torquere: Journal of the Canadian Lesbian and Gay Studies Association, Volume 3, 2001
by Professor John C. Stout, McMaster University
Rachel Zolf’s Her absence, this wanderer explores issues of post-Holocaust Jewish identity and lesbian desire. Zolf bears witness to the difficulty of transcribing memory after the Holocaust through a complex, multilayered textuality in which individual fragmentary phrases alternate with blocks of verse placed against the blank space of the page. Reading this text, we catch glimpses of a historical reality that is distant and, almost, too painful to contemplate. Through a series of photographs placed at the centre of the book, Zolf juxtaposes images of tombstones from Jewish cemeteries in Poland and Czechoslowakia, images of WW II death camps as seen in 1996, and photographs of family members who died at Treblinka. She thus combines the roles of archivist and poet. As an archivist, she faithfully records and restores fragments of historical reality; as a poet, she transmutes this historical material into a postmodernist collage where various voices and perspectives interact.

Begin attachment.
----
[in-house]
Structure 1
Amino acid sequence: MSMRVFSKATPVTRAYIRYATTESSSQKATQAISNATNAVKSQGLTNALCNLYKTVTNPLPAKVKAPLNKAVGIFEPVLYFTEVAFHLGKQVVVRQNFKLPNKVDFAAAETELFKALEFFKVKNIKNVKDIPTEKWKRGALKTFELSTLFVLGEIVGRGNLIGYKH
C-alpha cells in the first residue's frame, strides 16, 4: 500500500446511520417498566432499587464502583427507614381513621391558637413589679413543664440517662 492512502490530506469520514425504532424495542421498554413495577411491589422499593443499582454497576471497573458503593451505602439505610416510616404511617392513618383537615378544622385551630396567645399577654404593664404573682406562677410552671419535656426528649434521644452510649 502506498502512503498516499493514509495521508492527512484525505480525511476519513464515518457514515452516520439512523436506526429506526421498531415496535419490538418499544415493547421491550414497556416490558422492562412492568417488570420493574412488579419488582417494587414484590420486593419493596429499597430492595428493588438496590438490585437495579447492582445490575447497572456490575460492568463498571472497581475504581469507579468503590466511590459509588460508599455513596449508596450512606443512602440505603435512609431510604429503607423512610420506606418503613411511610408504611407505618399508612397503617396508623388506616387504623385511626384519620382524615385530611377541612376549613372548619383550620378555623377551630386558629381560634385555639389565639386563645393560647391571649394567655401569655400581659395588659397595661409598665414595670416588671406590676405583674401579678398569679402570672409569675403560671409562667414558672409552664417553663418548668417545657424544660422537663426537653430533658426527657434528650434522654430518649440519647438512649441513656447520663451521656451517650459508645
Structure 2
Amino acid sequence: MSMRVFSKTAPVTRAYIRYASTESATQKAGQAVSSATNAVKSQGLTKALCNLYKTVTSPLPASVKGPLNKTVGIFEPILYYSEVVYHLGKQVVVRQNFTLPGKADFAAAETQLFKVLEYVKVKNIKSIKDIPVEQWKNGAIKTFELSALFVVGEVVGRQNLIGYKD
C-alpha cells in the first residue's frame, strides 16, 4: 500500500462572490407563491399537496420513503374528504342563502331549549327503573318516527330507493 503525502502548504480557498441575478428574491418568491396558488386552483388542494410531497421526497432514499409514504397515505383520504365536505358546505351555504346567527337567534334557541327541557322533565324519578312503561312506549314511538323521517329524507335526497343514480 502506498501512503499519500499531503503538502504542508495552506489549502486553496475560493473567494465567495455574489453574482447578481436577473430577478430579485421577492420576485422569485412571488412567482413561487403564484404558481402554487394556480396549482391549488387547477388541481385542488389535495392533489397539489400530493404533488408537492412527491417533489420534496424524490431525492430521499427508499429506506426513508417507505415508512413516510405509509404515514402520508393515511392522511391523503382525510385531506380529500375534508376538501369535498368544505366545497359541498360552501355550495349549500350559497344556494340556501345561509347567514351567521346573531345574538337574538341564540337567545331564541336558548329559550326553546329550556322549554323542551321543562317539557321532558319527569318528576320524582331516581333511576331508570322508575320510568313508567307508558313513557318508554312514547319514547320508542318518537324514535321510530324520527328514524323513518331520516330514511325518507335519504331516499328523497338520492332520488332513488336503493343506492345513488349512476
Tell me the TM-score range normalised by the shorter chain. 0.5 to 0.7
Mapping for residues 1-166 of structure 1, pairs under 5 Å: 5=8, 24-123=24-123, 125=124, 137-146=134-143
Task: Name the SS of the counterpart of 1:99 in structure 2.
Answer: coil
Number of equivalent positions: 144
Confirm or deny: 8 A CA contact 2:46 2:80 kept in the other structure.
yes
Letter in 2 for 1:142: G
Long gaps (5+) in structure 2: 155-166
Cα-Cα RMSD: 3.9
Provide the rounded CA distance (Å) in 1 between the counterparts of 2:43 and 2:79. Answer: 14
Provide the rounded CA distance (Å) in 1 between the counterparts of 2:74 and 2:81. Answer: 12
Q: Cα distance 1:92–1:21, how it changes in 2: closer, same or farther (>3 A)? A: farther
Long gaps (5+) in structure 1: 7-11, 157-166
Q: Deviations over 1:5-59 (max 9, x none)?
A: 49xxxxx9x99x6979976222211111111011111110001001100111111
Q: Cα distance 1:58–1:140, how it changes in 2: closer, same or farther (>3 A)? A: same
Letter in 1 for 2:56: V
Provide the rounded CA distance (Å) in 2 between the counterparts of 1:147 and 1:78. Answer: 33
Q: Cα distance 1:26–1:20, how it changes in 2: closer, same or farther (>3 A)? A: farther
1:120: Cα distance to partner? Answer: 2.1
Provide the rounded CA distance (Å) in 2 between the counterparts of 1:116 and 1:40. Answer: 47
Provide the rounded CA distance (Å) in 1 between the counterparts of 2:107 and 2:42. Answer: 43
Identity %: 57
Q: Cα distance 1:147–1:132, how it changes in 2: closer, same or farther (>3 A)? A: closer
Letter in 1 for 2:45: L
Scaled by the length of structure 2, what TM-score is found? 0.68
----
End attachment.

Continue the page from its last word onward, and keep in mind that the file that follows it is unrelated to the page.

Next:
Zolf’s achievement in Her absence, this wanderer recalls that of other young Jewish- Canadian artists, such as film-maker Elida Schogt (Zyklon Portrait, The Walnut Tree) who seek to restore their family’s history while recognizing the difficulties and aporias involved in retrieving what has been lost. Snapshots, graffiti on a wall: these are the models Zolf employs as metaphors for the arduous process of recovering the past: “layers on layers, palimpsest text/ -ures, found fragments// stitchings// how the pieces/ don’t quite fit together”(64).
Her exploration of her sexuality serves a different, though also crucial, personal quest for the speaker of Zolf’s text. Her presentation of sexuality in the sequence of poems entitled “erotic play” is intense, though, at times, ironic:
why can’t she be a good lesbian
and write a real poem
full of slippery tongues and thighs
deep thrusts and sighs (19)
Zolf’s word-play here, and her use of dramatic structure (with sex acts named for acts in a staged play) seamlessly blends the erotic with the linguistic: “so goes the erotic stanza, unleashing/desire: pungent, ambrosial–/ syllabic enrapture// how the black ink bits slip and slide/ how the ululant turns pustule/ how the w(ou)nd gapes, weeping// so goes the erotic stanza/ devouring// trompe l’o(r)eil(le)”(24). This eroticization of language through lesbian desire links Zolf’s writing to [Daphne] Marlatt’s, [Erin] Moure’s, and [nathalie] stephens’s . Like francophone writers Nicole Brossard, Michele Causse, and Monique Wittig, all four poets have produced outstanding examples of a new lesbian writing that is changing the contemporary literary scene.